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And That Happened: Wednesday’s Scores and Highlights

New York Yankees v Houston Astros

HOUSTON, TEXAS - APRIL 10: Jose Altuve #27 of the Houston Astros hits a home run in the first inning against the New York Yankees at Minute Maid Park on April 10, 2019 in Houston, Texas. (Photo by Bob Levey/Getty Images)

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Here are the scores. Here are the highlights:

Tigers 4, Indians 1: Niko Goodrum and John Hicks homered off of Trevor Bauer, who was touched for ten hits and four runs and couldn’t escape the sixth. Matthew Boyd, meanwhile, came off his double-digit strikeout streak but was still effective and snagged the W by allowing one run over six. Detroit has won six of seven. They’ve played twelve games and Shane Greene has eight saves. These things are not sustainable, obviously.

Rays 9, White Sox 1: Tyler Glasnow was filthy, striking out 11 guys in six shutout innings in which he allowed only two hits. He is 3-0 with a 0.53 ERA on the year. Austin Meadows, meanwhile, was 3-for-3 with a homer and three RBI. He has four homers on the year. Gettin’ a sense that the Rays won the Chris Archer trade, folks. Tommy Pham hit two homers for Tampa Bay in the rout.

Padres 3, Giants 1: A good pitching matchup between Padres rookie Nick Margevicius (6 IP, 5 H, 1 ER, 6K) and Giants second-year starter Derek Rodriguez (7 IP, 4 H, 2 ER, 5K) but a sixth inning Manny Machado homer put San Diego on top and the Giants had no offensive answer. Kevin Pillar homered to keep his hot run alive, but there just aren’t any real threats up and down San Francisco’s order. Machado flashed some good leather in this one too, which not only helps validate his signing but validates calling Fernando Tatis Jr. up too. If they played service time manipulation with him Machado is likely playing short, where he is merely adequate, not third, where he is a significant defensive asset.

Reds 2, Marlins 1: Down 1-0, and in the process of being one-hit in the eighth, the Reds got solo shots from both José Iglesias and Jesse Winker for the lead and, ultimately, the win. Iglesias played some sweet defense earlier in this tight one as well, putting a stop to a couple of Marlins scoring threats. Long term the Reds obviously prefer Scooter Gennett, and obviously Iglesias is not some All-Star or anything, but it’s still rather amazing to me that he had to settle for a late spring training minor league deal this year given how useful a player he is.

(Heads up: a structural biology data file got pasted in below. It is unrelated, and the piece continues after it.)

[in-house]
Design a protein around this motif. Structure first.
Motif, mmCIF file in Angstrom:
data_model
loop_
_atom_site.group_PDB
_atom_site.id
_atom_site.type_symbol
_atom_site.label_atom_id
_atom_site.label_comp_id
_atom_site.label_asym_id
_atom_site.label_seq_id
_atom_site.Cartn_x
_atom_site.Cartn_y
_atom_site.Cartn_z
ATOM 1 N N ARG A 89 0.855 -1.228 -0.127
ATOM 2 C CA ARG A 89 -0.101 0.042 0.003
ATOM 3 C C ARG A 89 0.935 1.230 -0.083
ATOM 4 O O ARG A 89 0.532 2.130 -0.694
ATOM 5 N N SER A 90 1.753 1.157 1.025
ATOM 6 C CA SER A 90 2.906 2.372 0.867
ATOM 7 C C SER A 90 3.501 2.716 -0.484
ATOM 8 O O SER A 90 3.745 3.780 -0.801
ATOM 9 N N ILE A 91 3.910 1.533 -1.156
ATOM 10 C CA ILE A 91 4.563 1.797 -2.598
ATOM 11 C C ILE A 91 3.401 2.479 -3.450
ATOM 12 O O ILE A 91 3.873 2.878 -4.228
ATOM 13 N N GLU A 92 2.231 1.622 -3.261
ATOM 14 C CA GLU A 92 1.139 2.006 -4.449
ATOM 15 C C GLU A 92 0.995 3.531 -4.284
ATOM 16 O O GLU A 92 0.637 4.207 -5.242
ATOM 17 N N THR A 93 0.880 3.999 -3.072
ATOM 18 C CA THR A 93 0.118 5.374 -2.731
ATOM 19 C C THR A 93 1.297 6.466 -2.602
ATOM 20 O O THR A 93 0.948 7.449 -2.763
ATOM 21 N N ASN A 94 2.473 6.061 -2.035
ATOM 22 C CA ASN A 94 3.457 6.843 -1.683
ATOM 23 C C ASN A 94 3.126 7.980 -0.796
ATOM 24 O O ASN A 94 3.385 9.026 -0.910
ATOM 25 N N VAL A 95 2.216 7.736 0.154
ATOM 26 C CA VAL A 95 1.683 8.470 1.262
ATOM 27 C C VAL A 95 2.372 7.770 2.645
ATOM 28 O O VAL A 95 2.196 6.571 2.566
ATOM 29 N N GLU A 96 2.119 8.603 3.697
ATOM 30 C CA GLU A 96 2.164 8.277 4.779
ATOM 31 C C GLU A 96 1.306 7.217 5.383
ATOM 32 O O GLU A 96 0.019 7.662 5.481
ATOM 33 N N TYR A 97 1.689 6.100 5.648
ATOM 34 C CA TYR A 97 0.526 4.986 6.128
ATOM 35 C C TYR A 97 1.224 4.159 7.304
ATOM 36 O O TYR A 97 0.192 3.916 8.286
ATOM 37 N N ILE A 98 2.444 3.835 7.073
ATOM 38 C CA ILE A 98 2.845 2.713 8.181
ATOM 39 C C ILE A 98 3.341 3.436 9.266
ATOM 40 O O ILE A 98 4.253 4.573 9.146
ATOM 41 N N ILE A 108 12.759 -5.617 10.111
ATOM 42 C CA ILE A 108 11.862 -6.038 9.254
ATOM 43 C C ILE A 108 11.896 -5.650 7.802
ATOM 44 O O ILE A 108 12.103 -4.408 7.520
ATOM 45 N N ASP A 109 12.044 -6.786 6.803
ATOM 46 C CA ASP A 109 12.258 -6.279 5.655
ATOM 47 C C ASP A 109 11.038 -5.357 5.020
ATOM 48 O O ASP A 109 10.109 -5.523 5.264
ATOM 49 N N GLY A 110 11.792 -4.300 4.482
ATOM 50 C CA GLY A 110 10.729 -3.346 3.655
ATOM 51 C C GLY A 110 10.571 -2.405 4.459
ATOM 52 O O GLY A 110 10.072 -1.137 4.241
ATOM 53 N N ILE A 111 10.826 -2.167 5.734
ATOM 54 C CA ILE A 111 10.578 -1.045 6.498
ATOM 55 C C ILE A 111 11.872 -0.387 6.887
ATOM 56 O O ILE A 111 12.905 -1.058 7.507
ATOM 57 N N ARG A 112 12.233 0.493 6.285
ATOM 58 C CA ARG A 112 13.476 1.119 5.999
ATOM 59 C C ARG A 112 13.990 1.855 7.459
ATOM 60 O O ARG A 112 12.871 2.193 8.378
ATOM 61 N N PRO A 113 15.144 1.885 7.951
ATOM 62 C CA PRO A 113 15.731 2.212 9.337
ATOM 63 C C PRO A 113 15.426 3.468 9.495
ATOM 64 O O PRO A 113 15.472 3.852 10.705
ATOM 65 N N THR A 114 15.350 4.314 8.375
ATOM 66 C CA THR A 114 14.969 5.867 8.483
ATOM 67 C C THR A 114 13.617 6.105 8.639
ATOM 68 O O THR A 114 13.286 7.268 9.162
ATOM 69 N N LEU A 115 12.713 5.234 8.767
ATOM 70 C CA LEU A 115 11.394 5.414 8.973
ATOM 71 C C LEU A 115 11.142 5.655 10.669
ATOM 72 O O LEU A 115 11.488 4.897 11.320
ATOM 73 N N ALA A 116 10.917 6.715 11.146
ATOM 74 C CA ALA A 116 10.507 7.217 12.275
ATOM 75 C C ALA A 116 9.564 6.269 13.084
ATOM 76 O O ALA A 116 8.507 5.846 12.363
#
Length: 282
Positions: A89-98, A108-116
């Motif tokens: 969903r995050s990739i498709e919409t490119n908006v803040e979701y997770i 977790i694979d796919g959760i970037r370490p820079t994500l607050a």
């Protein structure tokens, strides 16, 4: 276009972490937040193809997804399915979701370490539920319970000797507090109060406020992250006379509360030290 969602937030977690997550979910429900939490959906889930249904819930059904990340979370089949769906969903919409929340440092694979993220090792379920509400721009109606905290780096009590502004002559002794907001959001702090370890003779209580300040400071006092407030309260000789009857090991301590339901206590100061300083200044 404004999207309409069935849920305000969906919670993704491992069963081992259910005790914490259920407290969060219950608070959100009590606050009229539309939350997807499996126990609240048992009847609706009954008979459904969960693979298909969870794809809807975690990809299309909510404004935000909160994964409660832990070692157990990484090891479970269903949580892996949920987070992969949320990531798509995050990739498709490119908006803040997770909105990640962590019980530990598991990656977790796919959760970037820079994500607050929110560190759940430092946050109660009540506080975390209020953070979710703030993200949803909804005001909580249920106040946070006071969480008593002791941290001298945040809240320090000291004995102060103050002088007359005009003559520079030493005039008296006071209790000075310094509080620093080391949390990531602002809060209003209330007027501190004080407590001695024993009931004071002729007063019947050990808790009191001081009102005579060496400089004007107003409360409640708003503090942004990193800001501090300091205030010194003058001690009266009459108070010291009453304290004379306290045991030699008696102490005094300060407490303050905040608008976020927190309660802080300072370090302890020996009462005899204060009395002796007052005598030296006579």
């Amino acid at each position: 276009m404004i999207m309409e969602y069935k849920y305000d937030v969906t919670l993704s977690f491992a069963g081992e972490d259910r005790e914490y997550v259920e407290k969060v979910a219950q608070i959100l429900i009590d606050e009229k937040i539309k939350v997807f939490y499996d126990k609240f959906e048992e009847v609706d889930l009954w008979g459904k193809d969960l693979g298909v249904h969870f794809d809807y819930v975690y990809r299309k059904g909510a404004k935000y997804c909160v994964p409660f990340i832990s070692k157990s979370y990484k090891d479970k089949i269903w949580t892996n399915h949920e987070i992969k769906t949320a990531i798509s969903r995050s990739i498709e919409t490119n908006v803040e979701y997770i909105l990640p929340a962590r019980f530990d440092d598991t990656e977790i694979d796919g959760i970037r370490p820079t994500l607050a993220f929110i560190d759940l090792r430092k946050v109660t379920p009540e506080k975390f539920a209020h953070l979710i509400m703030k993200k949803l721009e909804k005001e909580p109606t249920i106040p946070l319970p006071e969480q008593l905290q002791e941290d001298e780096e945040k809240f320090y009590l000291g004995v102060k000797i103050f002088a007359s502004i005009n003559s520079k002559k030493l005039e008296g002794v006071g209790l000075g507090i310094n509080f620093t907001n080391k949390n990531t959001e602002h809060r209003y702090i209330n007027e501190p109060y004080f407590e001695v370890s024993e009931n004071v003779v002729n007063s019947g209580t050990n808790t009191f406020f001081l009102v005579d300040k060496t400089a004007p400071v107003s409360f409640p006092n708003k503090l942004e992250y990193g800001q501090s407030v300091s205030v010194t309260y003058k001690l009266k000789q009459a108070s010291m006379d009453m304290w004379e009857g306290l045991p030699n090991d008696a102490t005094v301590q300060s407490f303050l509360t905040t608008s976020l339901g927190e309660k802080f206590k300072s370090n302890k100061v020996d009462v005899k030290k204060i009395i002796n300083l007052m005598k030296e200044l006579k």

Athletics 10, Orioles 3: The A’s smacked five homers with Khris Davis smacking two of them. The second one was the 200th dinger of his career. He drove in four. Matt Chapman drove in three. The other slugging Davis -- Chris, of the Orioles -- was 0-for-1 in pinch hitting duties, so his ignominious streak continues.

Nationals 15, Phillies 1: Washington scored 15 runs without the aid of a homer. Matt Adams led the way with four RBI, but everyone in the Nats lineup hit. In this they picked up where they left off on Tuesday night when they rallied to beat Philly in extras. Here they scored three in the first off Nick Pivetta and kept on rattling out hits. Seventeen in all, with seven walks. They outscored the Phillies 24-1 in the final 15 innings of the series. The only thing that went OK for Philly was an inning of decent relief -- with two strikeouts and some high gas! -- from outfielder Aaron Altherr.